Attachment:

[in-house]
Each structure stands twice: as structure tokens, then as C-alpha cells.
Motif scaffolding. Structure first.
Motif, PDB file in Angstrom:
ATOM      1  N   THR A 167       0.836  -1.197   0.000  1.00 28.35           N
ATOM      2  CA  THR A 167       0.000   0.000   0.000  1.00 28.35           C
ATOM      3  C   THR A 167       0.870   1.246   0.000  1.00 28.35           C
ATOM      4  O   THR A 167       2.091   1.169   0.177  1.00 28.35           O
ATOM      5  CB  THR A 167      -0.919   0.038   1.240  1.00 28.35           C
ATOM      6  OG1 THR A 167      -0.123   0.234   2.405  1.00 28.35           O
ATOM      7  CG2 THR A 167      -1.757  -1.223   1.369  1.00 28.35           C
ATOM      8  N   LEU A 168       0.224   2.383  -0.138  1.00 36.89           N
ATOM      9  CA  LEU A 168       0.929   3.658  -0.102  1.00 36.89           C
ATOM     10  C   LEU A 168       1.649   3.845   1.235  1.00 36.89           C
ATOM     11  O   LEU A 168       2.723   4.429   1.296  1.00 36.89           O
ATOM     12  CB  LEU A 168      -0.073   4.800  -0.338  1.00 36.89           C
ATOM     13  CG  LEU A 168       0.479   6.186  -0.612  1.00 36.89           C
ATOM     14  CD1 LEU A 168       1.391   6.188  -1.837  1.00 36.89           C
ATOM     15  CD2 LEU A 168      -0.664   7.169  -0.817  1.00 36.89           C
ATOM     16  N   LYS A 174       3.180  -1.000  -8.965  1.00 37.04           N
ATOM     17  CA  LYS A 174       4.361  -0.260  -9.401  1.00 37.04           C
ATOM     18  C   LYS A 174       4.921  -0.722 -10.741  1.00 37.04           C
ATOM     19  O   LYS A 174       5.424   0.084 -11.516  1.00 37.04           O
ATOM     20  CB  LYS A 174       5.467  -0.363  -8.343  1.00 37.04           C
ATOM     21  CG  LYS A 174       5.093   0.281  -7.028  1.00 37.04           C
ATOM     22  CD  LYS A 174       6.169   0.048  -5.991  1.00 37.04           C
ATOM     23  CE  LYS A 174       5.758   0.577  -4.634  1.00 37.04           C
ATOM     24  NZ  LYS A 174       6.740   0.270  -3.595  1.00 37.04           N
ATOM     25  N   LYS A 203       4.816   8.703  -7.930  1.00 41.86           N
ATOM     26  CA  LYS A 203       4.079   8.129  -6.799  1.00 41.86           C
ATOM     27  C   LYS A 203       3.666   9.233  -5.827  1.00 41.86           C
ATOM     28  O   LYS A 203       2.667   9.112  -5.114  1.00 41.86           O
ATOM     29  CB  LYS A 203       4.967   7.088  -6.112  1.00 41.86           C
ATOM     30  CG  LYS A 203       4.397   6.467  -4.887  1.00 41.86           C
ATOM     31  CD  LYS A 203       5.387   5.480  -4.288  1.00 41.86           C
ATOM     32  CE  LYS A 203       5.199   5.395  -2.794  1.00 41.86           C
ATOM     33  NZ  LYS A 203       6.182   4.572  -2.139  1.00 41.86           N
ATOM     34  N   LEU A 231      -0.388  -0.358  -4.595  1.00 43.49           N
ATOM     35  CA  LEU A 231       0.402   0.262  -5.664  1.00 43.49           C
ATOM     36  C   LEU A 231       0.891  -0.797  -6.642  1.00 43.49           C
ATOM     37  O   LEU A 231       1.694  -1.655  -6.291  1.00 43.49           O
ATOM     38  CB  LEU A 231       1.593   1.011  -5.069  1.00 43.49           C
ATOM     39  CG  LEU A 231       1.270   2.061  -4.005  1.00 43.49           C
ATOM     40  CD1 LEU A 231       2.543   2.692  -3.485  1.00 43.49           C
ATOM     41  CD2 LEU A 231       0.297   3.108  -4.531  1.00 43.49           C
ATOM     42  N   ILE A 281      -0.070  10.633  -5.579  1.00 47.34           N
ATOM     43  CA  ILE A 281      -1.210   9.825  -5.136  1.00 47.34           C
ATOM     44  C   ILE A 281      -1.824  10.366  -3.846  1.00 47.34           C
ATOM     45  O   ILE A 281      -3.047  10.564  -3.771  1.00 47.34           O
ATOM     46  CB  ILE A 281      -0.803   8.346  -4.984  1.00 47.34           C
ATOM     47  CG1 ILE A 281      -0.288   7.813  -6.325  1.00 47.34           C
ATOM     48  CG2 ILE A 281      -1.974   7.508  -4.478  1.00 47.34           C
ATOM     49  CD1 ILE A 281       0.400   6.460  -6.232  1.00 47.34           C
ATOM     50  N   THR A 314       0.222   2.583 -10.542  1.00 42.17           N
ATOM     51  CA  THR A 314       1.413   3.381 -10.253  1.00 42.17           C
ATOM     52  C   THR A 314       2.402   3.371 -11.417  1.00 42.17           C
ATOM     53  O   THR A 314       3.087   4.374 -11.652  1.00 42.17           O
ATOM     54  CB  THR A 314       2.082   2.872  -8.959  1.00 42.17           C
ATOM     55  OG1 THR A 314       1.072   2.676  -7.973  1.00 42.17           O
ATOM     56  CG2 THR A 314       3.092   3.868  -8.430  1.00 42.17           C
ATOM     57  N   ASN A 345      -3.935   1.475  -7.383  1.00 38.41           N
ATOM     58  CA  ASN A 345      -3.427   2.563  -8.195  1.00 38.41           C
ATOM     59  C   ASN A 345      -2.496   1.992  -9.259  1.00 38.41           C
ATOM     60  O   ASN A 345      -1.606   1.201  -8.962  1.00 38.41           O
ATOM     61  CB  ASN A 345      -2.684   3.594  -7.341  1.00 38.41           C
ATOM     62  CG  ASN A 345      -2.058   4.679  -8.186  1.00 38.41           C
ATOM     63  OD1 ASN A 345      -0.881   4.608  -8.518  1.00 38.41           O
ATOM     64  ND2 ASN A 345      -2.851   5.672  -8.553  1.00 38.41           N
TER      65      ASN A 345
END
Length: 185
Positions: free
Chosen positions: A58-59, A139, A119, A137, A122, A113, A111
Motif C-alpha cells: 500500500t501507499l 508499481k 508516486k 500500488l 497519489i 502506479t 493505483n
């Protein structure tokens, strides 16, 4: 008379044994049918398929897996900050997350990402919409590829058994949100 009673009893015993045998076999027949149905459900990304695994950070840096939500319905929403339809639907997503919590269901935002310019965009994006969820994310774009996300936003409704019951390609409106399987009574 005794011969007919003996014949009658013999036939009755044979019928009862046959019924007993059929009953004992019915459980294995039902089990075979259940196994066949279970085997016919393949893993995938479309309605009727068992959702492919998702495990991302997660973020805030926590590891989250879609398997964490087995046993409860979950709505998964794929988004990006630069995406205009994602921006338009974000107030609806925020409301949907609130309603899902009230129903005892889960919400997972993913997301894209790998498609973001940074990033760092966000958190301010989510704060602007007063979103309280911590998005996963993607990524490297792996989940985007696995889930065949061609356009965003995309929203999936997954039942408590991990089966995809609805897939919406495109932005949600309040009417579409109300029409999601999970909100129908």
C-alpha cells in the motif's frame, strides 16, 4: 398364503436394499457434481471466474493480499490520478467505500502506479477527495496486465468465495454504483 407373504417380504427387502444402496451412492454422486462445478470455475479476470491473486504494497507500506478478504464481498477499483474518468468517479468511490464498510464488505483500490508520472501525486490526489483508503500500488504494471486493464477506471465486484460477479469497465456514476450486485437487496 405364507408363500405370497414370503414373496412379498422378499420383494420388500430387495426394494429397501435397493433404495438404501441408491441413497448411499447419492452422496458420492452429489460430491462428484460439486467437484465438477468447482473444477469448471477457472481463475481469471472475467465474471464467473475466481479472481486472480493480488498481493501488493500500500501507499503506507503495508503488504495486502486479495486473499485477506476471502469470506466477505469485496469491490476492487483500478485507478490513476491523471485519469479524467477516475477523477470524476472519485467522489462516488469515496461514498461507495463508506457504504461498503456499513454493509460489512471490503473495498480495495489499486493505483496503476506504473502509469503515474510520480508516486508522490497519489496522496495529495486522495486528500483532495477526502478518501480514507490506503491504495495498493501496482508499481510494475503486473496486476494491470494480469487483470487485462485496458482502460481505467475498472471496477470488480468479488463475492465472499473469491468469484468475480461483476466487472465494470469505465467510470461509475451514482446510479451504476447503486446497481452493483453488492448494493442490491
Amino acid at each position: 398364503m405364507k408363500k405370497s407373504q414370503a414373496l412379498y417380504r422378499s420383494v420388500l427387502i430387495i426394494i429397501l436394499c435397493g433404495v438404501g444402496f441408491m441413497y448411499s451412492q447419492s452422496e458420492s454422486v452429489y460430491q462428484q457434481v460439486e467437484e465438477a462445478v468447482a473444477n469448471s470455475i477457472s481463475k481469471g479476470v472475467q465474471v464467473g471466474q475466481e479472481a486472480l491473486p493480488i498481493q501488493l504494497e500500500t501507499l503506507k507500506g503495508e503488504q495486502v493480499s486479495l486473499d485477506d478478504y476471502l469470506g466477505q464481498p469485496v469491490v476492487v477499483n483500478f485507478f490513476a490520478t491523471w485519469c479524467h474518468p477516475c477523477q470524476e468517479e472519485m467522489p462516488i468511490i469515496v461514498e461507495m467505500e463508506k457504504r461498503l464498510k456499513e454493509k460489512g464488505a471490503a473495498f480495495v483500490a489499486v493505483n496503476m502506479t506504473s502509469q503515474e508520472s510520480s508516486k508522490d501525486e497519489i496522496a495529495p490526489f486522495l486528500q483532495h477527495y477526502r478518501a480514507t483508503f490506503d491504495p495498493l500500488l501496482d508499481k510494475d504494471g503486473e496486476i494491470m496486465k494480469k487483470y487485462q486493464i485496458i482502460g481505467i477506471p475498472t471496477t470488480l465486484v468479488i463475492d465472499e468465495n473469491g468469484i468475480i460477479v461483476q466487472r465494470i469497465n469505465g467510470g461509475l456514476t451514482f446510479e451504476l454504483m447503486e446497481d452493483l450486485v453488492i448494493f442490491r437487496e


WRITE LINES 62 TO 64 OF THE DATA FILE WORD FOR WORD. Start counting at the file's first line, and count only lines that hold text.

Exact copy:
ATOM     58  CA  ASN A 345      -3.427   2.563  -8.195  1.00 38.41           C
ATOM     59  C   ASN A 345      -2.496   1.992  -9.259  1.00 38.41           C
ATOM     60  O   ASN A 345      -1.606   1.201  -8.962  1.00 38.41           O